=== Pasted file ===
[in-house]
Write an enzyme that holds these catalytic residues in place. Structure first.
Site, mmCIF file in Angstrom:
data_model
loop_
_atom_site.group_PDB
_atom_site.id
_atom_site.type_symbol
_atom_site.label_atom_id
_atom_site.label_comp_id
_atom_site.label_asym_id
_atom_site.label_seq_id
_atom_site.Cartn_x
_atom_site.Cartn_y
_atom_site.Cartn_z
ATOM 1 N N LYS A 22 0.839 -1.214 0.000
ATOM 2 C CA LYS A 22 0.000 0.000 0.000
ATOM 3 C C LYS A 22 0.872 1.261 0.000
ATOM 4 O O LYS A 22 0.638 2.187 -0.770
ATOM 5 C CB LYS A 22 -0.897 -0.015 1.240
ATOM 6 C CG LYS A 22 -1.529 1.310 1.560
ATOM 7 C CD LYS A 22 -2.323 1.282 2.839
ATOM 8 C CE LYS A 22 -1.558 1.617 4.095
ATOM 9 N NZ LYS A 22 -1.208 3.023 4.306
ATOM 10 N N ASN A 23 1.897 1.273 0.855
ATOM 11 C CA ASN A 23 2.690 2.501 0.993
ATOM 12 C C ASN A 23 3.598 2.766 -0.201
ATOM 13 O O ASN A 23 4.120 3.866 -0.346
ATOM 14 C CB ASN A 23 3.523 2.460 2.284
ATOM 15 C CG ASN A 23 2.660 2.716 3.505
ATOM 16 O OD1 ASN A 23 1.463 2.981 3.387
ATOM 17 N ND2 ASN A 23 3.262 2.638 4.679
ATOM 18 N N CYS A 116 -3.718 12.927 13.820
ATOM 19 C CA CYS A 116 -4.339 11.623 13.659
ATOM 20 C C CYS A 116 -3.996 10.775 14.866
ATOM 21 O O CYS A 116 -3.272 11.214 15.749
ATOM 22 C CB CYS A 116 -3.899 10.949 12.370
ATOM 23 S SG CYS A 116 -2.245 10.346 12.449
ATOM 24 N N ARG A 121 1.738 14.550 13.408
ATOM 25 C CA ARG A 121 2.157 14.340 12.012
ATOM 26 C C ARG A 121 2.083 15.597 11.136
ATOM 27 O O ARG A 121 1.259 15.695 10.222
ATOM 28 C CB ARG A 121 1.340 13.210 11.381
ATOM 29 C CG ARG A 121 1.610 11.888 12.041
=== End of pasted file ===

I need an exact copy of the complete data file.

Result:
[in-house]
Write an enzyme that holds these catalytic residues in place. Structure first.
Site, mmCIF file in Angstrom:
data_model
loop_
_atom_site.group_PDB
_atom_site.id
_atom_site.type_symbol
_atom_site.label_atom_id
_atom_site.label_comp_id
_atom_site.label_asym_id
_atom_site.label_seq_id
_atom_site.Cartn_x
_atom_site.Cartn_y
_atom_site.Cartn_z
ATOM 1 N N LYS A 22 0.839 -1.214 0.000
ATOM 2 C CA LYS A 22 0.000 0.000 0.000
ATOM 3 C C LYS A 22 0.872 1.261 0.000
ATOM 4 O O LYS A 22 0.638 2.187 -0.770
ATOM 5 C CB LYS A 22 -0.897 -0.015 1.240
ATOM 6 C CG LYS A 22 -1.529 1.310 1.560
ATOM 7 C CD LYS A 22 -2.323 1.282 2.839
ATOM 8 C CE LYS A 22 -1.558 1.617 4.095
ATOM 9 N NZ LYS A 22 -1.208 3.023 4.306
ATOM 10 N N ASN A 23 1.897 1.273 0.855
ATOM 11 C CA ASN A 23 2.690 2.501 0.993
ATOM 12 C C ASN A 23 3.598 2.766 -0.201
ATOM 13 O O ASN A 23 4.120 3.866 -0.346
ATOM 14 C CB ASN A 23 3.523 2.460 2.284
ATOM 15 C CG ASN A 23 2.660 2.716 3.505
ATOM 16 O OD1 ASN A 23 1.463 2.981 3.387
ATOM 17 N ND2 ASN A 23 3.262 2.638 4.679
ATOM 18 N N CYS A 116 -3.718 12.927 13.820
ATOM 19 C CA CYS A 116 -4.339 11.623 13.659
ATOM 20 C C CYS A 116 -3.996 10.775 14.866
ATOM 21 O O CYS A 116 -3.272 11.214 15.749
ATOM 22 C CB CYS A 116 -3.899 10.949 12.370
ATOM 23 S SG CYS A 116 -2.245 10.346 12.449
ATOM 24 N N ARG A 121 1.738 14.550 13.408
ATOM 25 C CA ARG A 121 2.157 14.340 12.012
ATOM 26 C C ARG A 121 2.083 15.597 11.136
ATOM 27 O O ARG A 121 1.259 15.695 10.222
ATOM 28 C CB ARG A 121 1.340 13.210 11.381
ATOM 29 C CG ARG A 121 1.610 11.888 12.041